Tuesday 14 Nov 2017: Magnetic Braking Of Cool Stars: Dependence On Coronal Temperature
Georgios Pantolmos - University of Exeter
4th Floor Interaction Area 11:15-11:45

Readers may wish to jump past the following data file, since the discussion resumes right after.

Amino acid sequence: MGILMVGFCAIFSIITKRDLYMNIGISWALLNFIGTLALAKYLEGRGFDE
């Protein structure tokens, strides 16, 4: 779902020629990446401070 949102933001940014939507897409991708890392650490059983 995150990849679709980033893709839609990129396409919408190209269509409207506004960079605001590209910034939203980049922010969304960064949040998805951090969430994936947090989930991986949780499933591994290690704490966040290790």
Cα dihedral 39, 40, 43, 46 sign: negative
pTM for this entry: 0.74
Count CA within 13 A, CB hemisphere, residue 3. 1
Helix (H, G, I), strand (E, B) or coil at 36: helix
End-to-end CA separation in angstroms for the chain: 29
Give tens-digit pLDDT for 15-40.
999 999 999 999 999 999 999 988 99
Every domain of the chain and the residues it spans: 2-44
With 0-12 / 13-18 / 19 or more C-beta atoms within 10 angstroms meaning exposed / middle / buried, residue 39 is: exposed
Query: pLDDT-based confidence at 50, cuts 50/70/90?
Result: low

Cool star (i.e. solar- and late-type stars) possess high temperature coronae and lose mass in the form of stellar winds, driven by thermal pressure and complex magnetohydrodynamic MHD) processes. These magnetized outflows do not significantly affect the structural evolution on the main-sequence, but they brake the stellar rotation by removing angular momentum, a mechanism known as magnetic braking. Previous studies have shown how the braking torque depends on magnetic field strength and geometry, stellar mass and radius, mass loss rate, as well as the rotation rate of the star, assuming a fixed coronal temperature. In this presentation, I will show results from a new study that explores how different coronal Temperatures can influence the torque. Considering Parker-like (thermal-pressure driven) winds, the stellar coronal temperature is the key parameter that determines the velocity and acceleration profile of the flow. The fact that the outflow mass flux is significantly affected by the wind driving, and since the mass loss rates for such type of stars are not well constrained, we treat this quantity as a free parameter and we determine how torque scales for a vast range of stellar mass loss rates. Using 2.5D, ideal MHD, axisymmetric, simulations, computed with PLUTO code, our parameter study comprises 30 steady-state wind solutions, from rotating stars with dipolar magnetic fields, with variations in stellar coronal temperature and a wide range of surface field strengths. Hotter winds lead to a faster acceleration, and I will show that (for all else equal) a hotter outflow also leads to a weaker torque on the star. Furthermore, I will present new predictive torque formulae for each temperature, which quantifies this effect over a range of possible wind acceleration profiles.